CSharp/C# Tutorial - C# Interfaces

An interface provides a specification rather than an implementation for its members.

Interfaces act as the contact between the definition and implementation.

Interface members are all implicitly abstract.

A class or struct can implement multiple interfaces.

An interface declaration is like a class declaration, but it provides no implementation for its members.

These members will be implemented by the classes and structs that implement the interface.

An interface can contain only methods, properties, events, and indexers.


Here is the definition of the IEnumerator interface, defined in System.Collections:

public interface IEnumerator { 
    bool MoveNext(); 
    object Current { get; } 
    void Reset(); 

Interface members are always implicitly public and cannot declare an access modifier.

Implementing an interface means providing a public implementation for all its members:

class Countdown : IEnumerator { 
    int count = 11; 
    public bool MoveNext () { 
       return count-- > 0 ; 
    public object Current { 
       get { 
          return count; 
    public void Reset() { 
       throw new NotSupportedException(); 

You can implicitly cast an object to any interface that it implements. For example:

IEnumerator e = new Countdown(); 
while (e.MoveNext()) 
Console.Write (e.Current);

Extending an Interface

Interfaces may derive from other interfaces.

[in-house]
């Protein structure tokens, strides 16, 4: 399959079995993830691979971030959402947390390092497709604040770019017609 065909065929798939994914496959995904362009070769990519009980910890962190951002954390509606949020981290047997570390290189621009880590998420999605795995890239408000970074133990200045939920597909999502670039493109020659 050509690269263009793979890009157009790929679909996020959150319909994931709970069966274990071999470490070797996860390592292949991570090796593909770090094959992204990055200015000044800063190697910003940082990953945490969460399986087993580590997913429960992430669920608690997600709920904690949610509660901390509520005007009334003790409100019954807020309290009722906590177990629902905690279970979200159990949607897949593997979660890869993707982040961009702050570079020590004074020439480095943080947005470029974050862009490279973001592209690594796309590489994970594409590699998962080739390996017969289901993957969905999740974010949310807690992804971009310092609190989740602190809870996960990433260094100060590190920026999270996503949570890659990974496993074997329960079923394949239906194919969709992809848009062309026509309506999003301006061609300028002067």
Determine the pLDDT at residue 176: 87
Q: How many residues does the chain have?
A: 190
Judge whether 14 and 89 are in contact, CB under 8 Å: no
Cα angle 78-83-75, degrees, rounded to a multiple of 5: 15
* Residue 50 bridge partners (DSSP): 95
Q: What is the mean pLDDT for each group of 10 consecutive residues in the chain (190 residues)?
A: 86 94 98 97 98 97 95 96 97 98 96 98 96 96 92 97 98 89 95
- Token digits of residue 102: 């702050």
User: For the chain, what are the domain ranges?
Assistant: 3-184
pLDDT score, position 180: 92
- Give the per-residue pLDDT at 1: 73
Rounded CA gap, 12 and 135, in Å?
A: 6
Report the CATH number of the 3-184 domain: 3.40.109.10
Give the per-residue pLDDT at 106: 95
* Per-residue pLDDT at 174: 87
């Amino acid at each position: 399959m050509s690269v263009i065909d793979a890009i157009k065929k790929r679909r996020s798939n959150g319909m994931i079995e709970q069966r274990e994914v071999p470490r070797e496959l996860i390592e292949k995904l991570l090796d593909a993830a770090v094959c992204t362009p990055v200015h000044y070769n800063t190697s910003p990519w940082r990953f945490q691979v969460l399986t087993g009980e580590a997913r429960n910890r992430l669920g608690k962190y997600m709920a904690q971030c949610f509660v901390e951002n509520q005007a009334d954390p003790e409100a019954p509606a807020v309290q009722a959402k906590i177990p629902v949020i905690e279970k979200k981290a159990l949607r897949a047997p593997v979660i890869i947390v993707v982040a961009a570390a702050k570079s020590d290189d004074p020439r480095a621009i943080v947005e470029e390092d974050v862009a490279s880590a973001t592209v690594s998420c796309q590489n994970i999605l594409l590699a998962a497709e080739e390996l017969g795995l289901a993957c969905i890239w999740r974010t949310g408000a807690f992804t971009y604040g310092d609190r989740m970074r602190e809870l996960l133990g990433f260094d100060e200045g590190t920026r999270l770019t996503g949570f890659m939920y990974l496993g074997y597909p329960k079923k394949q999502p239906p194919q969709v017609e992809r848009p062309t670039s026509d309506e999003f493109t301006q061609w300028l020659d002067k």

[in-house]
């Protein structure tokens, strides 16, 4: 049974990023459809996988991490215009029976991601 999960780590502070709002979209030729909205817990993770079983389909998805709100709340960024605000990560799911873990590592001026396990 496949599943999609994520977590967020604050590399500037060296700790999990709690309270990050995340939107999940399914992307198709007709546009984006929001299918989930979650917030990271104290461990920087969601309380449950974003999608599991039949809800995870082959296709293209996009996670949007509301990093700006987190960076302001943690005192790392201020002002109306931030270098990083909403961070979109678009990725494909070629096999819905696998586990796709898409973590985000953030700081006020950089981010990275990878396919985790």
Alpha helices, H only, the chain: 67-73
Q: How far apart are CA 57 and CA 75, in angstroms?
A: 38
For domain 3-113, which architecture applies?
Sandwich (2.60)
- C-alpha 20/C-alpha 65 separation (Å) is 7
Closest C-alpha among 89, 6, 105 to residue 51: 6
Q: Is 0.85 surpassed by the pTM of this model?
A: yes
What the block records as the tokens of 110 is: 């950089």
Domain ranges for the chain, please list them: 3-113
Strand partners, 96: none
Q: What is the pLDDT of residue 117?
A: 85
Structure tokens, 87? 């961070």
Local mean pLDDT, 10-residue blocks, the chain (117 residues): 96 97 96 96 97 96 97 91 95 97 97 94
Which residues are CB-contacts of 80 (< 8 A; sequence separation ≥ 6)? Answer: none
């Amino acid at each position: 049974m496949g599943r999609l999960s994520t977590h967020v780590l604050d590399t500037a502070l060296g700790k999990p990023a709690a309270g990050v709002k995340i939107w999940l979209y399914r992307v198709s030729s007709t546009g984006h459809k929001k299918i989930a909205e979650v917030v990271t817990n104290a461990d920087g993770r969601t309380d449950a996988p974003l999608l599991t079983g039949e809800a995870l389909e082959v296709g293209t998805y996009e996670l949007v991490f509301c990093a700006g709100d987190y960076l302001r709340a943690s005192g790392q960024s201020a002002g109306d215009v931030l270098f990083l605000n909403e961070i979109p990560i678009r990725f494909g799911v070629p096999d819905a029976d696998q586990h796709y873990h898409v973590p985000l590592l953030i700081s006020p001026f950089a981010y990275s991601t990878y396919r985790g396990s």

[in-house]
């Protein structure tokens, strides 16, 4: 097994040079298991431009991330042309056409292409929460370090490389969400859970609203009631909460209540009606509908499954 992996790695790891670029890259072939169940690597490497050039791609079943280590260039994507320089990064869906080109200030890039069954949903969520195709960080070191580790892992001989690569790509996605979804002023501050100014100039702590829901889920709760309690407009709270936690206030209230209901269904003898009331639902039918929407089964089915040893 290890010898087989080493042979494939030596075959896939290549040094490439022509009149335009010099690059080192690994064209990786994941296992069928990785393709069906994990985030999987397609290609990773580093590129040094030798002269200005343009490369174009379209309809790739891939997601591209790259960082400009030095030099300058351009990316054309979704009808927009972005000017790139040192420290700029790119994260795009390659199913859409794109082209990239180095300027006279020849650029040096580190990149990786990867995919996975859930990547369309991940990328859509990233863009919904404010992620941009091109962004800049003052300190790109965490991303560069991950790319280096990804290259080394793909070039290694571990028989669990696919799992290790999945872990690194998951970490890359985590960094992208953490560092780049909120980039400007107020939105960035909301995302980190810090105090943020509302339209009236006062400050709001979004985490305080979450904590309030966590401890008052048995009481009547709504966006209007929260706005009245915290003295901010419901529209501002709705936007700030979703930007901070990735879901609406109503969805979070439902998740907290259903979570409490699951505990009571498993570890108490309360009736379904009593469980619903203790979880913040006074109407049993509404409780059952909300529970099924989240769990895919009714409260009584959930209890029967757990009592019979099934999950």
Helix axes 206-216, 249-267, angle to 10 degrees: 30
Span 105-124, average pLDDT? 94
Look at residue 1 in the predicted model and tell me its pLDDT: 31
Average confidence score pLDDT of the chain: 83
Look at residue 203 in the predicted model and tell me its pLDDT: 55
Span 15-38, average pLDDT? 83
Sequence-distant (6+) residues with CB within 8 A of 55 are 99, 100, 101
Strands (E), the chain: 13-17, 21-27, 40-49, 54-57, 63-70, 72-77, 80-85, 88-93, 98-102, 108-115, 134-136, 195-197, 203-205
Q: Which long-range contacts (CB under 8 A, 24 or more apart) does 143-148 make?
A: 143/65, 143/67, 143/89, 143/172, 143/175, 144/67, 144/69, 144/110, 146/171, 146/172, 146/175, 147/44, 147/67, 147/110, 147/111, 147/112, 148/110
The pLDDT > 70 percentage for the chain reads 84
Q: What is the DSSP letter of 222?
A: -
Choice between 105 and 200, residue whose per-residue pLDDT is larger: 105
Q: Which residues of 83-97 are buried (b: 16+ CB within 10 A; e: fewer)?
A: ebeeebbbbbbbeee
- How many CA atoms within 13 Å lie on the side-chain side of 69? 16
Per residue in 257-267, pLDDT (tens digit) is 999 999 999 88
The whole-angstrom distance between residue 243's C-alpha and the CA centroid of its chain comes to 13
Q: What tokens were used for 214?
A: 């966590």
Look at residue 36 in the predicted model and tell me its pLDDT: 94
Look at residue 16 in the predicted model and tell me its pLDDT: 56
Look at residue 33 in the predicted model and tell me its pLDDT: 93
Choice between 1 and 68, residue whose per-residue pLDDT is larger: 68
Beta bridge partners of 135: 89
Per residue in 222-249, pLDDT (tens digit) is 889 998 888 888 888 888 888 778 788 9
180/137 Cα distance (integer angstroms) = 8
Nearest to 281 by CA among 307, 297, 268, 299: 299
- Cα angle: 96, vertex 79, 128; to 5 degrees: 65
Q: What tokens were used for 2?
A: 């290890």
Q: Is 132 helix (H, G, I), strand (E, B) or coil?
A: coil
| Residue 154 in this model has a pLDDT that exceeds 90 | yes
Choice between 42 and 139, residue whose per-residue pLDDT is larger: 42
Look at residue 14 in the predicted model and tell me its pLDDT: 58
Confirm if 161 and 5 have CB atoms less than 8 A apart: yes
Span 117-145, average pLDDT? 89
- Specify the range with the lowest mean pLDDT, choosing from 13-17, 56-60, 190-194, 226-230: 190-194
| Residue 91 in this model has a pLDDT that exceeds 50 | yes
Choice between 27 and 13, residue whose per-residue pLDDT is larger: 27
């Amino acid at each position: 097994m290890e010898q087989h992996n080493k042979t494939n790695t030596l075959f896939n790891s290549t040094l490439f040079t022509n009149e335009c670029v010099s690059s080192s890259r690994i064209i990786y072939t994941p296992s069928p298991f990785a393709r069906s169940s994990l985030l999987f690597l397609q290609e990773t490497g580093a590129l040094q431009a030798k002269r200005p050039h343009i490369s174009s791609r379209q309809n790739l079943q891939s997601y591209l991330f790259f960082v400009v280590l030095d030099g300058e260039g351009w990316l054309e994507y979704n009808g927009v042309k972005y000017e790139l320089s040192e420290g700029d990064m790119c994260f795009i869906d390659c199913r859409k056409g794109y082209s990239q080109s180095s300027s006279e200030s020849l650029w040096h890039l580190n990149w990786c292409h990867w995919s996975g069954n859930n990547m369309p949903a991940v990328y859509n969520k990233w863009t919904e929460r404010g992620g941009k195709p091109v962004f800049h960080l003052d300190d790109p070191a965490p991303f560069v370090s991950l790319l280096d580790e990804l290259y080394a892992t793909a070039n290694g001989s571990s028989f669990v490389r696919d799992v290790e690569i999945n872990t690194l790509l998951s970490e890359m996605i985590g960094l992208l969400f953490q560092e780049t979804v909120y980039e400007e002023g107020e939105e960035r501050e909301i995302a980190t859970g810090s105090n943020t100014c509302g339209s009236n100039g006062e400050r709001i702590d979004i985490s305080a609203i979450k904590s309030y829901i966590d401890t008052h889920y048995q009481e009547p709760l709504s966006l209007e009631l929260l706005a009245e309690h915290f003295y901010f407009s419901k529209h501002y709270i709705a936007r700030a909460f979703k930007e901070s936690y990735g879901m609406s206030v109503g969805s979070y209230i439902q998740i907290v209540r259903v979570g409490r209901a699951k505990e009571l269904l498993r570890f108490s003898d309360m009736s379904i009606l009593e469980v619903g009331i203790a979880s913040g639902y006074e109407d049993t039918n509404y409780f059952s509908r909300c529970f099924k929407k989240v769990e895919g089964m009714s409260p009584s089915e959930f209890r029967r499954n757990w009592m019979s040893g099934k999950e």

For instance:

public interface IUndoable { 
   void Undo(); 

public interface IRedoable : IUndoable { 
   void Redo(); 

IRedoable "inherits" all the members of IUndoable.

Explicit Interface Implementation

Implementing multiple interfaces can sometimes result in a collision between member methods.

We can resolve such collisions by explicitly implementing an interface member.

Consider the following example:

interface Interface1 { 
   void iMethod(); 
interface Interface2 { 
   int iMethod(); 

public class Widget : Interface1, Interface2 { 
   public void iMethod () {
        Console.WriteLine ("Widget's implementation of Interface1.iMethod"); 
   int Interface2.iMethod(){ 
       Console.WriteLine ("Widget's implementation of Interface2.iMethod"); 
       return 42;

This lets the two methods coexist in one class. The only way to call an explicitly implemented member is to cast to its interface:

Widget w = new Widget(); 
w.iMethod(); // Widget's implementation of Interface1.iMethod 
((Interface1)w).iMethod(); // Widget's implementation of Interface1.iMethod 
((Interface2)w).iMethod(); // Widget's implementation of Interface2.iMethod 

Implementing Interface Members Virtually

An implicitly implemented interface member is, by default, sealed.

It must be marked virtualor abstract in the base class in order to be overridden.

For example:

public interface IUndoable { 
   void Undo(); 

public class DrawPad : IUndoable { 
    public virtual void Undo() {
        Console.WriteLine ("DrawPad.Undo"); 

public class RichDrawPad : DrawPad { 
    public override void Undo() {
        Console.WriteLine ("RichDrawPad.Undo");